Embarrassing, #FAIL-worthy tweets from corporate accounts is nothing new. When it does happen, media coverage and case studies ensue. Smart brands respond appropriately. Others make the situation worse. The municipality I live in has become the latest victim of the tweet-gone-bad phenomenon. In this case, an offensive, obscene message was tweeted from the corporate account. It’s possible the account was hacked. It’s more likely this was accidental, and the person responsible thought they were updating their personal account. What made this message so offensive is that the tweet criticized city residents and their inability to handle snow – during the biggest snowstorm we’ve seen in years.
This situation gives those of us who aren’t suffering through a real-time PR nightmare a chance to reflect on four basic ways to protect our own organizations from being tomorrow’s social media case-study.
1. Properly train your employees to use Twitter
You wouldn’t hand the keys to your car to someone who just read an instruction manual, so why would you hand the keys to your most valuable asset (ie. your brand) without proper training and education? Giving employees social media guidelines is a start – but it does bupkiss if they don’t know how to apply them. Proper hands-on training from experienced folks who know how to use social media – in a business context – is the only way to make social media guidelines effective and relevant. This doesn’t mean you need expensive external consultants either. You’ll gain more trust (and traction) if you use internal people who know how to train people on using social media, and more importantly, how to tie it’s use to the strategy and purpose of the company.
A solid Twitter training curriculum includes:
- Training on your organization’s social strategy and how Twitter supports your goals (hint: having a Twitter account isn’t a strategy).
- Defining the language and tone of your brand (are you colloquial? 3rd-person? Cheeky?)
- What content is appropriate (and isn’t) to share
- What to do when things do go bad. Which brings us to…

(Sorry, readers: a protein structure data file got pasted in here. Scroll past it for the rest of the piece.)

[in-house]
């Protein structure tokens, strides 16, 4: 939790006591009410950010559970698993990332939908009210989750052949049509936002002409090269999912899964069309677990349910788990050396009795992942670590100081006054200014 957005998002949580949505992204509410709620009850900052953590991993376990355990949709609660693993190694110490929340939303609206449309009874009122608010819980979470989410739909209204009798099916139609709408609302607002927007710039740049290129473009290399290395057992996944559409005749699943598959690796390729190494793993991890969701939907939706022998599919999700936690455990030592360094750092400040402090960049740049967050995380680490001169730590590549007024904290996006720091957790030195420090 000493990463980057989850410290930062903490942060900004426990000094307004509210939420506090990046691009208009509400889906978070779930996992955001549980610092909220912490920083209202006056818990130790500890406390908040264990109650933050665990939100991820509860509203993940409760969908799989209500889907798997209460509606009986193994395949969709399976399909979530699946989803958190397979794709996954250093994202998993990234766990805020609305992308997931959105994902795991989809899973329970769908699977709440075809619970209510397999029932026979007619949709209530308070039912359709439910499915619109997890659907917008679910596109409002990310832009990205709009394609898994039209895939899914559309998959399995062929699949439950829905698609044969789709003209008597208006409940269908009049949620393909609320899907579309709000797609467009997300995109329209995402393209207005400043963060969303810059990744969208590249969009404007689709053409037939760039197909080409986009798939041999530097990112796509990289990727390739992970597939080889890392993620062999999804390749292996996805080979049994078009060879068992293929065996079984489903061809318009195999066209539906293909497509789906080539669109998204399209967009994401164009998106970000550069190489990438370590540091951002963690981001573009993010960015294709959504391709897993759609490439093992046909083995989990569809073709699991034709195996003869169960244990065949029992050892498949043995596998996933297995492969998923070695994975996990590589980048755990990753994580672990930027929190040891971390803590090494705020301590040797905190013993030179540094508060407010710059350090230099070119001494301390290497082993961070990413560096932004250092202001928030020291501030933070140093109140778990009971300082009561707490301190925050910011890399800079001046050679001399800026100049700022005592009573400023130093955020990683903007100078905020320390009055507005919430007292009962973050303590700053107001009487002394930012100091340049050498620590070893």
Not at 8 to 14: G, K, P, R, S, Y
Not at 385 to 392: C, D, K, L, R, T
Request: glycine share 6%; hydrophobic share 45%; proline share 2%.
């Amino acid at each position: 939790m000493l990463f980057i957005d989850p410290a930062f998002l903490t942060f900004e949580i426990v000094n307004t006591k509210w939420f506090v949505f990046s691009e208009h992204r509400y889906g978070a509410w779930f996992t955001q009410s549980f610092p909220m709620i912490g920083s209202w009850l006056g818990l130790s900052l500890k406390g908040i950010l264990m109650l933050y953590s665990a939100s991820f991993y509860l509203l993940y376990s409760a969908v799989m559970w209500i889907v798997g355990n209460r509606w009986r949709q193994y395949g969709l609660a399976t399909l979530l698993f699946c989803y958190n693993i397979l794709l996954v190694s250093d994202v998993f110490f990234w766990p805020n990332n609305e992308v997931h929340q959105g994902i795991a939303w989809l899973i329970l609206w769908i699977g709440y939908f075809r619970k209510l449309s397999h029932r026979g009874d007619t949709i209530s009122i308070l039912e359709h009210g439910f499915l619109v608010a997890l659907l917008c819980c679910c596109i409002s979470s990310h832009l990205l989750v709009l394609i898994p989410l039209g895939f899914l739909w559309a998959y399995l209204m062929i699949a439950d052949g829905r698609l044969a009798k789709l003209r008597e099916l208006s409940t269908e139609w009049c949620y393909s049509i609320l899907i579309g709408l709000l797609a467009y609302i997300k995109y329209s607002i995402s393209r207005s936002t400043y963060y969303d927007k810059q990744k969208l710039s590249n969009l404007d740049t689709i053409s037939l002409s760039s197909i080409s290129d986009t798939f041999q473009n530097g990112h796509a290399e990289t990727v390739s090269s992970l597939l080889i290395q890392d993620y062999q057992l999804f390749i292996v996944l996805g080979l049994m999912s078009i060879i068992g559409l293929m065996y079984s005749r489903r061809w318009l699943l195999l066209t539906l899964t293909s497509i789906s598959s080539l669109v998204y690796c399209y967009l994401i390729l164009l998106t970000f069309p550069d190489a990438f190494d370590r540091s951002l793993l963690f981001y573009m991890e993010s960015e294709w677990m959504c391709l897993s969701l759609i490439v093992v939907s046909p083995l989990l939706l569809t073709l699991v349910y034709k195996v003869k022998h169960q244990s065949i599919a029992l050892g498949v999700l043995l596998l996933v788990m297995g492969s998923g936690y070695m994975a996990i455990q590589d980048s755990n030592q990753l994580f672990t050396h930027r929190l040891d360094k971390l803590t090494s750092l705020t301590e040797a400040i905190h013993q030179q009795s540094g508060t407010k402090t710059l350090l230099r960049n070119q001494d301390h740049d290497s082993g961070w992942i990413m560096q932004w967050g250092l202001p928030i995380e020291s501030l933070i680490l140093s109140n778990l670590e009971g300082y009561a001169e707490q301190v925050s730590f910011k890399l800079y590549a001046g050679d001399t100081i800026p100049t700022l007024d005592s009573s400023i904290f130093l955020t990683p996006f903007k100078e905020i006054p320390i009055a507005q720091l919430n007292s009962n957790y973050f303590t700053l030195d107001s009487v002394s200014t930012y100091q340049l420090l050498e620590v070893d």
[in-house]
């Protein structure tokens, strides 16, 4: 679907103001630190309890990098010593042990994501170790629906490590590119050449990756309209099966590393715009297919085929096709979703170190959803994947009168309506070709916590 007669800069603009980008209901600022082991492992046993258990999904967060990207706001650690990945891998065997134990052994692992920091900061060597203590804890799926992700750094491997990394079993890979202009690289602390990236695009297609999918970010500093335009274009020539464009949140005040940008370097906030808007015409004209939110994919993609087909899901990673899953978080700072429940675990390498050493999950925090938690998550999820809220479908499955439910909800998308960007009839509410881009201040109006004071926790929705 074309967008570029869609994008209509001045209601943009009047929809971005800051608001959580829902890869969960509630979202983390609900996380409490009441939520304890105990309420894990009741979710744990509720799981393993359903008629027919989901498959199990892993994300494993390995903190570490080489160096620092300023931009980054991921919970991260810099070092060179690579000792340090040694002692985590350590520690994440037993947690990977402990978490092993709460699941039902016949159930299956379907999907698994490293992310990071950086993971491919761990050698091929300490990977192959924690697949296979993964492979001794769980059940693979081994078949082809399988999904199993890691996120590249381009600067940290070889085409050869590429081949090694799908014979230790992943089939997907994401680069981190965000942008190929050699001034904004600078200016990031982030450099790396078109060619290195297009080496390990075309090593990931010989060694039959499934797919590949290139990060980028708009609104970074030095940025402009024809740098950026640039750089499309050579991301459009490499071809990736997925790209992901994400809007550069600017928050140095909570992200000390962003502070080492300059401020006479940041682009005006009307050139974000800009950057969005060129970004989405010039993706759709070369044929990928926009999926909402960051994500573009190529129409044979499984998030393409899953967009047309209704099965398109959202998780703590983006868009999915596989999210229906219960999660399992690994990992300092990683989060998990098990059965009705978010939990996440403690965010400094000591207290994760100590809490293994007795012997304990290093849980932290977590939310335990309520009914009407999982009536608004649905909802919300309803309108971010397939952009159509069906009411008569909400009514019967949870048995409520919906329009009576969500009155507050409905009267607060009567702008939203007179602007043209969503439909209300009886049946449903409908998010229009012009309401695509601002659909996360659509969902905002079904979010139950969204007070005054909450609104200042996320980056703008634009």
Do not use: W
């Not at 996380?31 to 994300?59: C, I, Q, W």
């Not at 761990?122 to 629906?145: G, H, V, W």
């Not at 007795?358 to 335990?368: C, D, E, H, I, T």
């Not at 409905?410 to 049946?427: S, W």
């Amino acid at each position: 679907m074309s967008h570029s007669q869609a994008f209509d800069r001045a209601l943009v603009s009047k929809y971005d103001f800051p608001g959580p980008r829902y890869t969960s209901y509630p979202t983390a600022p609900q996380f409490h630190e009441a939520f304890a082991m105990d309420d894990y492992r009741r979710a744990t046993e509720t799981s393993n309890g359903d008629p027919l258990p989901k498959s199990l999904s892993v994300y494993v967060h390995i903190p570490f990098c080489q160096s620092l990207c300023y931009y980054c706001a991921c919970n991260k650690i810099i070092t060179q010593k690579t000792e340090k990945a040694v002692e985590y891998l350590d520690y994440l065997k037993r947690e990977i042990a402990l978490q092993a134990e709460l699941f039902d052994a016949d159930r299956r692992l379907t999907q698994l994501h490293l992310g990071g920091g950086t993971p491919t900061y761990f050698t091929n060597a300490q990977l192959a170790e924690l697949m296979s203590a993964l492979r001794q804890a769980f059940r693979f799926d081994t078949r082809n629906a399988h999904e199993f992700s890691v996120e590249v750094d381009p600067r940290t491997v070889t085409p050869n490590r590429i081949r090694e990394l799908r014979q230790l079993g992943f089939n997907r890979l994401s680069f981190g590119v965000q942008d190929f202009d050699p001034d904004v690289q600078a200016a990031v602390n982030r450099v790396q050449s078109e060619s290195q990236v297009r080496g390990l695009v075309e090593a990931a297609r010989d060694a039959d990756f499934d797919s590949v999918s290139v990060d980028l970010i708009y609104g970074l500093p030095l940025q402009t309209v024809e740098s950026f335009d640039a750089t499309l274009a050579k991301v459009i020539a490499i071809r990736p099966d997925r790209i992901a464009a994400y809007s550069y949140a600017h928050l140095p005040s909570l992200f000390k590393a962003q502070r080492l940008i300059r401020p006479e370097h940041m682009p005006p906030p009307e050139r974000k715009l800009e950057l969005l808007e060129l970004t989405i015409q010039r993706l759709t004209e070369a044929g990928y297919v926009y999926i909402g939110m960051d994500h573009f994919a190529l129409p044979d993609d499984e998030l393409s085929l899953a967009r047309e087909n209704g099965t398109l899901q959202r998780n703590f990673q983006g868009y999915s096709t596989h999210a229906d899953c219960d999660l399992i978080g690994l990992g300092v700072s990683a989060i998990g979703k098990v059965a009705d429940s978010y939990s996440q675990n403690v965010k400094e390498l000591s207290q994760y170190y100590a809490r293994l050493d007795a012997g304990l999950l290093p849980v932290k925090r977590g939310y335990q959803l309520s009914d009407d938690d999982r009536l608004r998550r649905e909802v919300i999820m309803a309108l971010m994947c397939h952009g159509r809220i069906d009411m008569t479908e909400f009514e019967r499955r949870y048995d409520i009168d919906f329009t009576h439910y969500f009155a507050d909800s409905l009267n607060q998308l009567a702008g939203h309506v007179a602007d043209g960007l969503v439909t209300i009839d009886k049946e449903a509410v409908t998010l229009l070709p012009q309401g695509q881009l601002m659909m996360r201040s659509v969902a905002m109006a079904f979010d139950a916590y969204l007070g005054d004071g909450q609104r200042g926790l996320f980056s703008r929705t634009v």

2. Have a triage plan in place.
We all know what happens when things go well. But what do you do when things don’t go as planned? Not every situation needs a public response, but every situation needs to be assessed. Your challenge is reacting appropriately when it does. Assuming you have a decent listening strategy in place, how are you prepared for these situations when they arise?
- Someone complains about your brand, products, employees or customer service
- Someone misappropriates the hashtag you’ve chosen for your big marketing campaign
- An employee tweets confidential information like financial results
- For publicly-held companies like Softchoice, a shareholder tweets their frustrations with stock performance
If you don’t have a plan in triage plan in place, create one. Involve all the departments/resources necessary for appropriate action. HR, Legal, Finance, IR, Corporate Communications, Marketing, IT – all may need to be involved. Determining who does what, when and how during a social media crisis is critical. Check out this post by Jeremiah Owyang for more on the topic of triage readiness in the enterprise space. It includes 10 attributes of successful social media workflow you are free to use.
3. Isolate your accounts
I’m a big fan of social media tools like Hootsuite. Among their benefits, they make it really easy to manage and broadcast to multiple Twitter accounts at once, from one unified dashboard. The trick with these tools is that a lot of people connect their personal accounts to these platforms too. For their part, HootSuite does prompt users with a special window before they publish to designated, high-profile accounts.
Another really simple way to minimize the chances of sending the wrong tweet from the wrong account is using one tool/platform for personal, and one for work. For example, I only use Hootsuite for corporate Twitter accounts on my PC and iPhone. I isolate my personal accounts, and use other tools for personal tweets. (TweetBot on the iPhone is my fav). While this might seem obvious to some, forcing yourself to think about which app or site you’re using just might be the one thing that prevents you from inadvertently tweeting from the wrong account.
4. React – don’t over react
In response to the “storm” of attention they’ve received, Vaughan has shut down their account. While that’s one reaction, I think it was a mistake. In these situations, organizations should look to brands like Kitchenaid as a role model. During the 2012 Presidential debate, an inappropriate tweet was sent from the @KitchenAidUSA, that was obviously meant to come from a personal account. The brand quickly deleted the tweet, responded by apologizing, and the Brand Manager immediately took responsibility while making herself available to the media. Attention quickly passed, and they turned what could have snowballed into a national outrage into a best-practice example. For a great breakdown and analysis, check out this post.
Did they over-react by shutting the account down? Time will tell. My sense is their account will come back online – once the snow (and media) storm blows over.